Downtown, on Beale Street where Elvis would go to listen to the great blues musicians,
almost right across the street from B.B. King's club, is Elvis Presley's Memphis. It is a
restaurant specializing in Southern cuisine and featuring live entertainment.
And Sun Records - where it all started for Elvis, Johnny Cash and many others of the
era - is still standing just a few blocks away.
But, the centerpiece of any visit to Memphis is Graceland.
It is quite a building though, quite frankly, there are more spectacular homes in Margate
or Stone Harbor. But this one is much as it was in 1957 when Elvis purchased it. And it
was magnificent for that era.
Inside there is a comfortable living room, dominated by a piano that was frequently at
the center of some impressive jam sessions.
There is the dining room, with a prominent television (Elvis had more than two dozen in
the house), where family and friends gathered regularly. By the way, almost every
restaurant in town offers his favorite snack - peanut butter and banana sandwiches. And
they are mighty tasty!
The tour includes the jungle room, with leopard-skin patterns everywhere, and the game
room. Out back, you visit the office of his father, Vernon, who managed the fan club.
There are the racquetball courts and weight room in another building.
And then there is the trophy room. This building once housed a gigantic slot racing track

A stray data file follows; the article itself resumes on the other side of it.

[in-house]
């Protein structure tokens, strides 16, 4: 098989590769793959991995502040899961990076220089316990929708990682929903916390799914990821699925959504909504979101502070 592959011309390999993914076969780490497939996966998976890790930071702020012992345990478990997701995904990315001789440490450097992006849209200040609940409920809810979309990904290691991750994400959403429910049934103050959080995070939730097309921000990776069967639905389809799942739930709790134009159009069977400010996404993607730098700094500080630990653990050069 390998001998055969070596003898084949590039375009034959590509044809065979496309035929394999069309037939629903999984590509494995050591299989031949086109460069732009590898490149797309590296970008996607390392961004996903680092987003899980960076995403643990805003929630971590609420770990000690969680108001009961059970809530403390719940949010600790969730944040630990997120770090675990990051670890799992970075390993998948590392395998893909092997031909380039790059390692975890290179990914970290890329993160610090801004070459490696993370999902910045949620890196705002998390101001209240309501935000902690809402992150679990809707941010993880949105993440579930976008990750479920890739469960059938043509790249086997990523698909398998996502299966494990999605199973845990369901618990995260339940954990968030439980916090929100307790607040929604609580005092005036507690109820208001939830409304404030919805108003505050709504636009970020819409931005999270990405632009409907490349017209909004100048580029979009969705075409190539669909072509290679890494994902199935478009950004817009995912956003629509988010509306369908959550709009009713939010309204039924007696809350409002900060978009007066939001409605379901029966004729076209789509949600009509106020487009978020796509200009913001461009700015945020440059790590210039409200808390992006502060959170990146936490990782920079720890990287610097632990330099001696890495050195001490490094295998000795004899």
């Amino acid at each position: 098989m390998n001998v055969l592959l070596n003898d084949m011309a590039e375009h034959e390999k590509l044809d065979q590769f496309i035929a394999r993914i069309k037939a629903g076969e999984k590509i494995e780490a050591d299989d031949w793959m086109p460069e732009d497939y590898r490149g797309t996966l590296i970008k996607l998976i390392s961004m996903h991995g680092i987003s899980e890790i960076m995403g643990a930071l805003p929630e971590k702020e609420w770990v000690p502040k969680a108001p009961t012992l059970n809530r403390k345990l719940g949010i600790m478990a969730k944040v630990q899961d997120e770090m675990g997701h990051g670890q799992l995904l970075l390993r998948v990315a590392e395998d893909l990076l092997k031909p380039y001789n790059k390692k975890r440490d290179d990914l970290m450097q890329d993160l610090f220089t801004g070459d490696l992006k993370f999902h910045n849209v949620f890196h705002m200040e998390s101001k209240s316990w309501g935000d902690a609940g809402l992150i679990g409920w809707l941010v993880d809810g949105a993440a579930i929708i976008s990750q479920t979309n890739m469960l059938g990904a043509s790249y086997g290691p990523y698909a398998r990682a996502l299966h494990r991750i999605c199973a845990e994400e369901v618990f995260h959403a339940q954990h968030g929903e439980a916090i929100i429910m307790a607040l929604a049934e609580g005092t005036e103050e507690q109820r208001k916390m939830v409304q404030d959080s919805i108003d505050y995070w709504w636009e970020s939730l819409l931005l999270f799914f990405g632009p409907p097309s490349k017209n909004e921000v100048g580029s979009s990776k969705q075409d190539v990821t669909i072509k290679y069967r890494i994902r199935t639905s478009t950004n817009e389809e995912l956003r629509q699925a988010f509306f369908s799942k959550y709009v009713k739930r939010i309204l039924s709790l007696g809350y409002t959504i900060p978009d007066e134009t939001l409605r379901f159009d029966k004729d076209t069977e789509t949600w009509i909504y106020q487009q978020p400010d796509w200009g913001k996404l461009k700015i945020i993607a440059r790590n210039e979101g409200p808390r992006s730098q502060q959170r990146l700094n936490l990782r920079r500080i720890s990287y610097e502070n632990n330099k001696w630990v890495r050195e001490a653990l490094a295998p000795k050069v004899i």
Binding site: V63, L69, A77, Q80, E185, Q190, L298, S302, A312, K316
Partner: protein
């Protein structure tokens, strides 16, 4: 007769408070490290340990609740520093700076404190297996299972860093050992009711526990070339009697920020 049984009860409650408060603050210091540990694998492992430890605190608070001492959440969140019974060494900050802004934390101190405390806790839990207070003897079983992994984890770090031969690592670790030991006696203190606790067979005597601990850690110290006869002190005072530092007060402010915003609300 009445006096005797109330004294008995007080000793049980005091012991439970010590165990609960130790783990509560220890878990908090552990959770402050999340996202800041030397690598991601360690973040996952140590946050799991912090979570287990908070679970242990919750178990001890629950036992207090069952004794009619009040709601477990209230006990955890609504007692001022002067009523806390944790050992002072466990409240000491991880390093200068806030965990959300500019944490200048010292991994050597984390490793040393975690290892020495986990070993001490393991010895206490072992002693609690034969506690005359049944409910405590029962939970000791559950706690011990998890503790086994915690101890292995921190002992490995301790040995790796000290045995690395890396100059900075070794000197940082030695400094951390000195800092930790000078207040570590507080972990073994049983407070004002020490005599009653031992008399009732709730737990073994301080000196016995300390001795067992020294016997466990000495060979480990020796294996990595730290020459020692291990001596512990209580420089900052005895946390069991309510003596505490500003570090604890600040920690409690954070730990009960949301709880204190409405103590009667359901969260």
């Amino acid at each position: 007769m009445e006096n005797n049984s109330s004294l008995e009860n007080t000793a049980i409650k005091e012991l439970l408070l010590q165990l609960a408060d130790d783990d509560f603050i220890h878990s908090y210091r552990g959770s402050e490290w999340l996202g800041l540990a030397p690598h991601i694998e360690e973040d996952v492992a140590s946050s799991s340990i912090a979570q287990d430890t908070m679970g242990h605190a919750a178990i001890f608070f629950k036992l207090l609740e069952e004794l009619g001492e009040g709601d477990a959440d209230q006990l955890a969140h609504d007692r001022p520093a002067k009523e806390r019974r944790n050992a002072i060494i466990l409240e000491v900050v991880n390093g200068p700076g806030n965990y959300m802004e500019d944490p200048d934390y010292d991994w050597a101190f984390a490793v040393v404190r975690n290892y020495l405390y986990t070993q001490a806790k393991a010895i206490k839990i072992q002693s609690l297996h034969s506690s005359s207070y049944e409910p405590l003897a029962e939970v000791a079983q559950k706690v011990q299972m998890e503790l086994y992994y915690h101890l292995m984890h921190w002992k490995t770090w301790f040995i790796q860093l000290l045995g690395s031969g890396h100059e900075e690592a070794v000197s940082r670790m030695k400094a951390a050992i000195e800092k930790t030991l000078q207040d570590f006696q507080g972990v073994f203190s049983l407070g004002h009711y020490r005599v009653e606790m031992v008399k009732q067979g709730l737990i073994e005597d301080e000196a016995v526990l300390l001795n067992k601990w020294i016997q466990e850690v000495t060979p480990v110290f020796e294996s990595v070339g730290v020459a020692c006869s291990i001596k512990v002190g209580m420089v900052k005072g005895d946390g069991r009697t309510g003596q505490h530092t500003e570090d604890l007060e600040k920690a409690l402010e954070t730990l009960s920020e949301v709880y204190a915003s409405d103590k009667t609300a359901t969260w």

that Elvis loved to play with. But it has become a museum that includes hundreds and
hundreds of awards and collectibles.
One small, but interesting, item is a receipt for nine, brand new Cadillacs he purchased
one night from a local dealer. Two were for relatives, six for friends and the other was
given to a woman who was in the auto showroom at the same time. When he realized
that she couldn't afford to buy a car, Elvis gave her one.
The tour ends with the meditation garden, which includes the graves of Elvis, his
mother and his father. There is also a memorial for his twin brother, who was stillborn.
There is no access to the second floor of the house, where family members
occasionally reside. It is reported that Elvis' bedroom featured three televisions and
three sets of drapes on the windows, because of his need to sleep during the day.
Don't think, however, that Graceland and Elvis Presley Enterprises are stuck in the 50s.
Your tour of Graceland includes a portable tape player and headphones that provide
you with a great deal of interesting information - professionally produced in eight
different languages. And their recently redesigned Website (www.elvis.presley.com)
even offered live online coverage of Tuesday night's candlelight vigil.
There are other special events coming up at Graceland. Special Christmas lighting and
decorations highlight the area from Thanksgiving until Elvis' birthday on January 8. But
the tours and shops are available virtually all year 'round.
Elvis Presley is undoubtedly the most revered entertainer in history. In fact, no other
person in the 20th century created the type of devotion that visitors see when they visit
Tupelo or Memphis.
When you plan your next vacation, give the Elvis Tour some consideration.
Be sure to read The Sandpaper in the Ocean City
area and The Beachcomber in the Wildwood area throughout the summer
months for similar features.